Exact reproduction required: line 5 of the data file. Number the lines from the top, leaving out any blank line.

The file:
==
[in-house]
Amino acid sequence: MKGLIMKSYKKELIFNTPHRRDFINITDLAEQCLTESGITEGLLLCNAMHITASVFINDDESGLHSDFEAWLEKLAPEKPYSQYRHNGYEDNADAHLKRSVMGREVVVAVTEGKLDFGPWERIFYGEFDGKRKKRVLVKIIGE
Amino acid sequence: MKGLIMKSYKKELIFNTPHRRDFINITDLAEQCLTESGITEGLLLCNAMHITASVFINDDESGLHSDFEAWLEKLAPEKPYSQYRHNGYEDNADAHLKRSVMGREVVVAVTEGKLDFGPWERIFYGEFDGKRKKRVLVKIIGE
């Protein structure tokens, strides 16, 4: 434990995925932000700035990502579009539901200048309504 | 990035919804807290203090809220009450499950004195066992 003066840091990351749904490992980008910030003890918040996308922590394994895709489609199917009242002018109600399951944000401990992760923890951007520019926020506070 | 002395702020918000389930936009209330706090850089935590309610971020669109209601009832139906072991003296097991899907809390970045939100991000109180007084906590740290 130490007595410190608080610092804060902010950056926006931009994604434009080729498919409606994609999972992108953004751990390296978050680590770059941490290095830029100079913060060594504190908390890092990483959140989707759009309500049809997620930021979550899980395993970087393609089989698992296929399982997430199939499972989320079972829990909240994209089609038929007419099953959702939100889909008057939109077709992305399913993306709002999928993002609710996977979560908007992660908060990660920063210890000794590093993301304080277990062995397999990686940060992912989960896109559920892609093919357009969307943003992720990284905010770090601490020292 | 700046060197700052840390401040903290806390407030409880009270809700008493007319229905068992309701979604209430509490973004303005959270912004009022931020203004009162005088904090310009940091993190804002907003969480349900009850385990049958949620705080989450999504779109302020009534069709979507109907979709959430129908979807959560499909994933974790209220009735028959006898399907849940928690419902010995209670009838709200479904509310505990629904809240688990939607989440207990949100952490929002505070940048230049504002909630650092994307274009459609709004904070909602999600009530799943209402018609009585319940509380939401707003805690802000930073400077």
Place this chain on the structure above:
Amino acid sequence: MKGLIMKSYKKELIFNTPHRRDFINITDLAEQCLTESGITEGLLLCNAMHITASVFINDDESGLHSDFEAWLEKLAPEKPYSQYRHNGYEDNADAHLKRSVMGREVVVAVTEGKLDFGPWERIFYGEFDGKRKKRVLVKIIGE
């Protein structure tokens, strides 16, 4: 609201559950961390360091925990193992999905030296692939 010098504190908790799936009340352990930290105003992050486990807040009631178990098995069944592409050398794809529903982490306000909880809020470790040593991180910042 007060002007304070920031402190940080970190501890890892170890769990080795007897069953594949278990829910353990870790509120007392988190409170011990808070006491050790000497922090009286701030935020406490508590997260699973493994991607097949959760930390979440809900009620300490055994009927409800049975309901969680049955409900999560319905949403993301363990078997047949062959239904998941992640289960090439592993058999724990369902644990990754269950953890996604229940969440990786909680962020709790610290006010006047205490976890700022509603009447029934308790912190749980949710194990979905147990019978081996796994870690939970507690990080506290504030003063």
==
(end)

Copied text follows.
Place this chain on the structure above: